Music

PLAYING TO WIN

Pinchas Zukerman wants his orchestra to be as famous for its teaching as its music

JOHN GEDDES July 30 2001
Music

PLAYING TO WIN

Pinchas Zukerman wants his orchestra to be as famous for its teaching as its music

JOHN GEDDES July 30 2001

PLAYING TO WIN

Pinchas Zukerman wants his orchestra to be as famous for its teaching as its music

JOHN GEDDES

Music

To see them standing face-to-face, it looks like a terrible mismatch. Pinchas Zukerman, at 53 one of the world’s great violinists, leans towards his precocious student, 13-yearold Caitlin Tully, like a storm bearing down on a sapling. “Lots of bow,” he exhorts. “Use the whole bow.” Tully, though, is in no danger of being blown away, standing firmly rooted to the floor of a University of Ottawa rehearsal room. She gives him what he wants, swinging her right arm into the music in a way that mirrors and echoes the master standing a metre in front of her. Suddenly, the striking physical contrast between the big, darkly handsome old pro and his slight, strawberry-blond protégé means less than what they have in common: these are two wonderful fiddlers, one at the height of his •= powers and the other just learning how to | reach for hers.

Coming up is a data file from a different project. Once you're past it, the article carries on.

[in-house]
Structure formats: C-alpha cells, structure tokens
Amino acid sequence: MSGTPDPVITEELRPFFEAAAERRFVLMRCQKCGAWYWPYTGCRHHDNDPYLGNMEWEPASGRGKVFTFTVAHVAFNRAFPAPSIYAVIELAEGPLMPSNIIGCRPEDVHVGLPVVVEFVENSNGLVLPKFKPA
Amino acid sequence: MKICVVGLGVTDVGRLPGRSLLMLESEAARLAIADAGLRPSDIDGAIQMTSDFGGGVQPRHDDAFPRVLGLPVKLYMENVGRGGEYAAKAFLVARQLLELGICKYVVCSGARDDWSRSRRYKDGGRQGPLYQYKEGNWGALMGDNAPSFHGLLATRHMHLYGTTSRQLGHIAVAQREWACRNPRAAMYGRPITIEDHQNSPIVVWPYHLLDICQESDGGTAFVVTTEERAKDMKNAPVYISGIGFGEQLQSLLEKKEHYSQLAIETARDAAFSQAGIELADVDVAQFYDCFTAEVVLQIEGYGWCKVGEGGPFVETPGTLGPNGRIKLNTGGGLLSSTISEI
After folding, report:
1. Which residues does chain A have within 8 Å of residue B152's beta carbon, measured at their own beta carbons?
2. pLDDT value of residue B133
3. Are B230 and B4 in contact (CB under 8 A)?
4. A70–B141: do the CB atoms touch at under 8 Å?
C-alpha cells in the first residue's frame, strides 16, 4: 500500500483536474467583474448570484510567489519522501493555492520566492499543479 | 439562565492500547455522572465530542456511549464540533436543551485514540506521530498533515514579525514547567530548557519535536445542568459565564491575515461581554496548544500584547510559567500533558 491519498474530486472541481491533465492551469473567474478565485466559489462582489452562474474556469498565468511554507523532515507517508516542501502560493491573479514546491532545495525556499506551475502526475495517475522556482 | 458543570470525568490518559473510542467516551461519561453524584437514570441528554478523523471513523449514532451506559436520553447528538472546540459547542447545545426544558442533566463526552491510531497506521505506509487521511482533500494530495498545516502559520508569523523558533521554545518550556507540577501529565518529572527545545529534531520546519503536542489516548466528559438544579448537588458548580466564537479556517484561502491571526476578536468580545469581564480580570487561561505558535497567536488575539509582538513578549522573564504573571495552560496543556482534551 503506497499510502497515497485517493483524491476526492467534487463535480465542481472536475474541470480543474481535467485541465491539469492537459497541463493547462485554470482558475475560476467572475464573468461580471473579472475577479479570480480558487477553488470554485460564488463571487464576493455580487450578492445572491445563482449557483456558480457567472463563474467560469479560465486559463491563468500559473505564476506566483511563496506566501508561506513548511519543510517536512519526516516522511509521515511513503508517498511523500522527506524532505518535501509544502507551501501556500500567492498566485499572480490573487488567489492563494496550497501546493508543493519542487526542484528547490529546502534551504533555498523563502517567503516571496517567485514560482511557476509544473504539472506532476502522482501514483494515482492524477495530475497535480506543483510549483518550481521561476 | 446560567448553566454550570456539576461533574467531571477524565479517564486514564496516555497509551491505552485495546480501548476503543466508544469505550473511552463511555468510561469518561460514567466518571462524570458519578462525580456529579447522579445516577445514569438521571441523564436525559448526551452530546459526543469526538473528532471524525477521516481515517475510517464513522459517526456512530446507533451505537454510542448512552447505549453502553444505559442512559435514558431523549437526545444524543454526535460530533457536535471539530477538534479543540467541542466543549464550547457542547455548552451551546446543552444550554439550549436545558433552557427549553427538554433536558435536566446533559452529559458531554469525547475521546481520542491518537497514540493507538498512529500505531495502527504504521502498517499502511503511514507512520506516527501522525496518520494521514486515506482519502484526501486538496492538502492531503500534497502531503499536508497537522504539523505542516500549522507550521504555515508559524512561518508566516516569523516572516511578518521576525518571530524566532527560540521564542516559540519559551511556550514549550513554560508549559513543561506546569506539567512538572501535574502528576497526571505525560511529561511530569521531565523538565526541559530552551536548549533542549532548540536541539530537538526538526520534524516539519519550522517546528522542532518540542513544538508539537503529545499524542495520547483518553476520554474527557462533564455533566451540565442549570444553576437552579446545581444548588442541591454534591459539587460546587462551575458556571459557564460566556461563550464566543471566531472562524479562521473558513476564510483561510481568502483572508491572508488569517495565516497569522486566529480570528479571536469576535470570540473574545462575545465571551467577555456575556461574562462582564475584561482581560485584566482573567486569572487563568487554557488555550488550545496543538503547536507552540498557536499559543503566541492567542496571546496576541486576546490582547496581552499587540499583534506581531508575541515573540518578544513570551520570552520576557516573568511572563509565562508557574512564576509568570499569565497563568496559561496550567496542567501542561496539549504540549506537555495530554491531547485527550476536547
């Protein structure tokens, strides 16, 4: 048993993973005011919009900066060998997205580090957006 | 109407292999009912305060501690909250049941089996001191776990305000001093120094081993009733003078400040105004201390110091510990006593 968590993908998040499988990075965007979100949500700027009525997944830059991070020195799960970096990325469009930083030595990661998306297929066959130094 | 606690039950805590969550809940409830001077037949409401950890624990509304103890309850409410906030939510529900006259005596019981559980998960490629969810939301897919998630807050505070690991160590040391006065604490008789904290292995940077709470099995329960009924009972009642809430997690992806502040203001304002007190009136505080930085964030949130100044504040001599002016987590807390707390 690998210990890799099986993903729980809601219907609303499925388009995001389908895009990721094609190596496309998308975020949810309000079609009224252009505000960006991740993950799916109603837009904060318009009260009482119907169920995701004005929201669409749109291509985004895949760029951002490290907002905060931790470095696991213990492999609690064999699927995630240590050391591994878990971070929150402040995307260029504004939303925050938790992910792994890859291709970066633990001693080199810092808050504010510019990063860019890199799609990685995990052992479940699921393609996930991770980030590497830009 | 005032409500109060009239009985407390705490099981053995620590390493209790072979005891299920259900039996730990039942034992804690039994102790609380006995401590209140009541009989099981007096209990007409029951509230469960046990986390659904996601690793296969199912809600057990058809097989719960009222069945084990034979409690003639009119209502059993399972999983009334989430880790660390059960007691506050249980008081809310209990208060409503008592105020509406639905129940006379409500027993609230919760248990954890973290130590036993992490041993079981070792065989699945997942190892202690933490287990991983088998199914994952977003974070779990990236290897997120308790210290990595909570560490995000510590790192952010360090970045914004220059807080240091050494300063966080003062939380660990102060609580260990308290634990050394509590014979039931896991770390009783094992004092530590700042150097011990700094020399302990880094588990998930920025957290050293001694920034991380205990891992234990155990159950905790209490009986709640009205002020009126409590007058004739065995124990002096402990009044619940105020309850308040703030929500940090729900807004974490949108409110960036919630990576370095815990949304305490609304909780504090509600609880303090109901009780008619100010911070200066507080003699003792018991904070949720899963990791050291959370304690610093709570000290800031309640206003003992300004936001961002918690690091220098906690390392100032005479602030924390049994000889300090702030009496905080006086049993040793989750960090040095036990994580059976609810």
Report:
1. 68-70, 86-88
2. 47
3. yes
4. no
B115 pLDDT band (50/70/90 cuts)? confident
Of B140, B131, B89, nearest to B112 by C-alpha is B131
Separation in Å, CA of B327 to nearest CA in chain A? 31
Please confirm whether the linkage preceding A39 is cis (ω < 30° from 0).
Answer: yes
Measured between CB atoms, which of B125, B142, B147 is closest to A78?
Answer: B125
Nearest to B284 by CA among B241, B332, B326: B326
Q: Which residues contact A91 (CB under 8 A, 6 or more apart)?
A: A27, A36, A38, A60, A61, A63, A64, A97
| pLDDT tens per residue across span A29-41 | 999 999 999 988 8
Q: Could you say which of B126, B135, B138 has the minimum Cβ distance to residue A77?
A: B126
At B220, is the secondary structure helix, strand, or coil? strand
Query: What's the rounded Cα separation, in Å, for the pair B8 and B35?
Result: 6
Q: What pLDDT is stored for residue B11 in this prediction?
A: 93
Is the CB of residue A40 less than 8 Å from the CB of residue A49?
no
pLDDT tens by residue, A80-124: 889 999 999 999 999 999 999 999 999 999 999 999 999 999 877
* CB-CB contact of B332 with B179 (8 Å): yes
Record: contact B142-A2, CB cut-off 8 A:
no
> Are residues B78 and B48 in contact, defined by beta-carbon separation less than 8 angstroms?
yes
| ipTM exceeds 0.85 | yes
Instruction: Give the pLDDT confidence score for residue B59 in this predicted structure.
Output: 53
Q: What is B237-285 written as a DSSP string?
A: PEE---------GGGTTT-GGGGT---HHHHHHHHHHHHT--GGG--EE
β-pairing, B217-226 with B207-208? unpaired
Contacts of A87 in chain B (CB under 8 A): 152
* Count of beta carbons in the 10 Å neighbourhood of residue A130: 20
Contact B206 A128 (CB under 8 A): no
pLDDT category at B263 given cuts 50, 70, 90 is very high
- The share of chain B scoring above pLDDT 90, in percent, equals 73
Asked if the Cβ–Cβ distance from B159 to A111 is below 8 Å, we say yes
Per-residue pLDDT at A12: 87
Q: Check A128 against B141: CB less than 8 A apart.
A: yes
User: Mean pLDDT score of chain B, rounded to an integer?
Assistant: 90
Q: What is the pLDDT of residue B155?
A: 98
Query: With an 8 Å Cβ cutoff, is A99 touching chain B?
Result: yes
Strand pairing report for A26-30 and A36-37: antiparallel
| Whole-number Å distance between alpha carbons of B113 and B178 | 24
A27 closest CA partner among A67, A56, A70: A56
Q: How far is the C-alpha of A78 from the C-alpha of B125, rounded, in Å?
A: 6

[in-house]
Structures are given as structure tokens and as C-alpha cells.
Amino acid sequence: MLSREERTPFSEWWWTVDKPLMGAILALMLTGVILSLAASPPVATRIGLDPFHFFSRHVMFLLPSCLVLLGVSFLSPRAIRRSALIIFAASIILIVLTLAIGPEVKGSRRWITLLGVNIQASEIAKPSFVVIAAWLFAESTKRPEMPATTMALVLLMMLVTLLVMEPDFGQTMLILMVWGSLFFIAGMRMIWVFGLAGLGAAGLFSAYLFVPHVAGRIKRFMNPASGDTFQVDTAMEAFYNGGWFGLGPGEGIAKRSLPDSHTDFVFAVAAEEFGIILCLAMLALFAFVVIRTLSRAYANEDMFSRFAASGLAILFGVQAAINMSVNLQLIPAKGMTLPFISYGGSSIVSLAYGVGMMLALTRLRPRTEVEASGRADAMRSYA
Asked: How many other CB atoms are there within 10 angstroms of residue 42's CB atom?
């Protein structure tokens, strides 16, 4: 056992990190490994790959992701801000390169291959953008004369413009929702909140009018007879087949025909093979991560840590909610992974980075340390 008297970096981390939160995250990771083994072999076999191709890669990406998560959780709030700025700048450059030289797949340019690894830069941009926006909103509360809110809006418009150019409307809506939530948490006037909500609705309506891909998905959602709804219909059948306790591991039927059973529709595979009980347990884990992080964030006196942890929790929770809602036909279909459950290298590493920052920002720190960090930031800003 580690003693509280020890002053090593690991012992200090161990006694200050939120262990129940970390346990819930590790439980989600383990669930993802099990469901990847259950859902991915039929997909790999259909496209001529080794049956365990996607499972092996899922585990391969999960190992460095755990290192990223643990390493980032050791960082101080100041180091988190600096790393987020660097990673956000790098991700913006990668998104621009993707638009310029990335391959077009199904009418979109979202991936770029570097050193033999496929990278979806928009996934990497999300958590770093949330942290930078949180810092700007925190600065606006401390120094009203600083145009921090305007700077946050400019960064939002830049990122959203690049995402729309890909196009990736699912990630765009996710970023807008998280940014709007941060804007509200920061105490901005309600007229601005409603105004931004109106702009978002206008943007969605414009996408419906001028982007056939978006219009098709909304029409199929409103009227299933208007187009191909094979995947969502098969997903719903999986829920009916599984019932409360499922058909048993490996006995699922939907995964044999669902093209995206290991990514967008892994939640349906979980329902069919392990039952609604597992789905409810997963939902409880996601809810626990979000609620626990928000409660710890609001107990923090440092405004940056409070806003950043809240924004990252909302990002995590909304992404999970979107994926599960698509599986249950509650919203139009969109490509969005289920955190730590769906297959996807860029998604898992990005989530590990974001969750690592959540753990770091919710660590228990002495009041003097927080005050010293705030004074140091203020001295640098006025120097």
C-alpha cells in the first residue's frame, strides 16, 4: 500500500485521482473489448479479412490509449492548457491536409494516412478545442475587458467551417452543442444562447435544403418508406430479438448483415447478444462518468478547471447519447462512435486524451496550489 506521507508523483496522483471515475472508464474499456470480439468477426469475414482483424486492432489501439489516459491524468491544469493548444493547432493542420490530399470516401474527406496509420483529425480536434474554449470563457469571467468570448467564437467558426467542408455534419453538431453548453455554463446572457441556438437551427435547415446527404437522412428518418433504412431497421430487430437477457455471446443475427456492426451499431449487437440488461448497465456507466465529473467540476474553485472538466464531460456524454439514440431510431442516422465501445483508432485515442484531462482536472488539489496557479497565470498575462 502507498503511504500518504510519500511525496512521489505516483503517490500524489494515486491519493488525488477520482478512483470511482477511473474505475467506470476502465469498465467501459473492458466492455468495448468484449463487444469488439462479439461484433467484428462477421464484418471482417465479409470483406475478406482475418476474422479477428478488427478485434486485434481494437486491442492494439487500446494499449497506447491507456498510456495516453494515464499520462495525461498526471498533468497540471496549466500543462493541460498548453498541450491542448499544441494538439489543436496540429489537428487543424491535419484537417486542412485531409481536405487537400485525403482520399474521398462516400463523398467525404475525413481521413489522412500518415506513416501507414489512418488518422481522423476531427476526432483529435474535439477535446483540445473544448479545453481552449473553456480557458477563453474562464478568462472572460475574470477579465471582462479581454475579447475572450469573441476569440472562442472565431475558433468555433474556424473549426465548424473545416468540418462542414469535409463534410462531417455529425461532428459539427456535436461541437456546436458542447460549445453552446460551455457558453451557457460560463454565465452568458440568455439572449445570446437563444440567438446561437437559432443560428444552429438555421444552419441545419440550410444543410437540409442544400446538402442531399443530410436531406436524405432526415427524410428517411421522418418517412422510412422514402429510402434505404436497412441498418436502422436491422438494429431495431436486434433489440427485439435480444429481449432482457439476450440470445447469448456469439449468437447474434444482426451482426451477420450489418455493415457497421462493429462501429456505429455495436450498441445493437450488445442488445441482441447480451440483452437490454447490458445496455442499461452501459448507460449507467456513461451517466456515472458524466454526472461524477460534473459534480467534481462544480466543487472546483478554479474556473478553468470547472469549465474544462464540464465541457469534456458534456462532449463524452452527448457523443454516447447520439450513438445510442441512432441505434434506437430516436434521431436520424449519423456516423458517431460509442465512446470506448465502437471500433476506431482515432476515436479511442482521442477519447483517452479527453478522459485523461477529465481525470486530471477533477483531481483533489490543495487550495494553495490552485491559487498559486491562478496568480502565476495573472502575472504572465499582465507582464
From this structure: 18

Whether Tully gets to the plateau Zukf erman has occupied for about four decades TB could depend on how well she’s able to use | what he gives her in sessions like these. For | the Vancouver prodigy, the opportunity is | huge—intense, one-on-one master classes with one of the best. But for Zukerman, music director of the National Arts Centre Orchestra in Ottawa, the payoff could also be big. He is striving to build the NAC’s summer Young Artists Program, which he founded just three years ago, into a worldrenowned training ground for elite young classical musicians. The ultimate success of exceptional participants like Tully, who has attended two years running, would go a long way to securing his program that international reputation.